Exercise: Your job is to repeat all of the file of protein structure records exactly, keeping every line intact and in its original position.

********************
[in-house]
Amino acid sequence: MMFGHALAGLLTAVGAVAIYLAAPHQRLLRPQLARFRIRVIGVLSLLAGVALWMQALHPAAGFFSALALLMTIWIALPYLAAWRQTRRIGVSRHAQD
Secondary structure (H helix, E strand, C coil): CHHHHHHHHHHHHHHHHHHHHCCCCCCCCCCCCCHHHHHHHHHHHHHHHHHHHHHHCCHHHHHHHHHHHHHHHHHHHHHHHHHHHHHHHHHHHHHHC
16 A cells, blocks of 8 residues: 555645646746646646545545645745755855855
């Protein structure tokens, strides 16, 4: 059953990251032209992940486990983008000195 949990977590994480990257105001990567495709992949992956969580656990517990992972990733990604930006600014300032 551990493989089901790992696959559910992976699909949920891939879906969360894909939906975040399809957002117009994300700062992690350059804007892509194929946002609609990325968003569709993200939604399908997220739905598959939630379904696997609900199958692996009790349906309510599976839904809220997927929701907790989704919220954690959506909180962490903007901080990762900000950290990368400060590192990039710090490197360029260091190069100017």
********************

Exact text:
[in-house]
Amino acid sequence: MMFGHALAGLLTAVGAVAIYLAAPHQRLLRPQLARFRIRVIGVLSLLAGVALWMQALHPAAGFFSALALLMTIWIALPYLAAWRQTRRIGVSRHAQD
Secondary structure (H helix, E strand, C coil): CHHHHHHHHHHHHHHHHHHHHCCCCCCCCCCCCCHHHHHHHHHHHHHHHHHHHHHHCCHHHHHHHHHHHHHHHHHHHHHHHHHHHHHHHHHHHHHHC
16 A cells, blocks of 8 residues: 555645646746646646545545645745755855855
């Protein structure tokens, strides 16, 4: 059953990251032209992940486990983008000195 949990977590994480990257105001990567495709992949992956969580656990517990992972990733990604930006600014300032 551990493989089901790992696959559910992976699909949920891939879906969360894909939906975040399809957002117009994300700062992690350059804007892509194929946002609609990325968003569709993200939604399908997220739905598959939630379904696997609900199958692996009790349906309510599976839904809220997927929701907790989704919220954690959506909180962490903007901080990762900000950290990368400060590192990039710090490197360029260091190069100017």